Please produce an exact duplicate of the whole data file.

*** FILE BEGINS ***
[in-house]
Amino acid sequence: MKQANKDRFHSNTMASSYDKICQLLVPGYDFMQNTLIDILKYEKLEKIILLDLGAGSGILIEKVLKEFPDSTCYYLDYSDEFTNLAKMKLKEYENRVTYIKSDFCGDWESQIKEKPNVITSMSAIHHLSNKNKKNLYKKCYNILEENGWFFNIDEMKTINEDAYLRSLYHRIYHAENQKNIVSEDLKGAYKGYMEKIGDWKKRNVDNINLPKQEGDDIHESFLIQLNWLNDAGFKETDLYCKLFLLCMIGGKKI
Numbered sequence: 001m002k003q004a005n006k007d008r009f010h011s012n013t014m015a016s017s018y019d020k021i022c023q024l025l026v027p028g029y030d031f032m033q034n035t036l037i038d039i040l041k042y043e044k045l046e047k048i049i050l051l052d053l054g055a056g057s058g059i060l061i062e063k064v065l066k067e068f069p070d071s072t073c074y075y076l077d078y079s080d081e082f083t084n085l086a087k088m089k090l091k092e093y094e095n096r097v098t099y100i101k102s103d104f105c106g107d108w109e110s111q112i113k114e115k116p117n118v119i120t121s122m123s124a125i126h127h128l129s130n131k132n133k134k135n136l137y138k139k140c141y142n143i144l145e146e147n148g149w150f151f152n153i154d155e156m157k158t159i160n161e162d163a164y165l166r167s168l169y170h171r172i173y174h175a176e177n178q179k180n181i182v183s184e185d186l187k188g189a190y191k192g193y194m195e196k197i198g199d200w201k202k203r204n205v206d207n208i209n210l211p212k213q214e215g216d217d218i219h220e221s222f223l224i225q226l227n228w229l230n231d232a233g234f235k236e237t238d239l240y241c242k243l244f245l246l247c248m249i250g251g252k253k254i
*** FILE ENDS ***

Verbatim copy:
[in-house]
Amino acid sequence: MKQANKDRFHSNTMASSYDKICQLLVPGYDFMQNTLIDILKYEKLEKIILLDLGAGSGILIEKVLKEFPDSTCYYLDYSDEFTNLAKMKLKEYENRVTYIKSDFCGDWESQIKEKPNVITSMSAIHHLSNKNKKNLYKKCYNILEENGWFFNIDEMKTINEDAYLRSLYHRIYHAENQKNIVSEDLKGAYKGYMEKIGDWKKRNVDNINLPKQEGDDIHESFLIQLNWLNDAGFKETDLYCKLFLLCMIGGKKI
Numbered sequence: 001m002k003q004a005n006k007d008r009f010h011s012n013t014m015a016s017s018y019d020k021i022c023q024l025l026v027p028g029y030d031f032m033q034n035t036l037i038d039i040l041k042y043e044k045l046e047k048i049i050l051l052d053l054g055a056g057s058g059i060l061i062e063k064v065l066k067e068f069p070d071s072t073c074y075y076l077d078y079s080d081e082f083t084n085l086a087k088m089k090l091k092e093y094e095n096r097v098t099y100i101k102s103d104f105c106g107d108w109e110s111q112i113k114e115k116p117n118v119i120t121s122m123s124a125i126h127h128l129s130n131k132n133k134k135n136l137y138k139k140c141y142n143i144l145e146e147n148g149w150f151f152n153i154d155e156m157k158t159i160n161e162d163a164y165l166r167s168l169y170h171r172i173y174h175a176e177n178q179k180n181i182v183s184e185d186l187k188g189a190y191k192g193y194m195e196k197i198g199d200w201k202k203r204n205v206d207n208i209n210l211p212k213q214e215g216d217d218i219h220e221s222f223l224i225q226l227n228w229l230n231d232a233g234f235k236e237t238d239l240y241c242k243l244f245l246l247c248m249i250g251g252k253k254i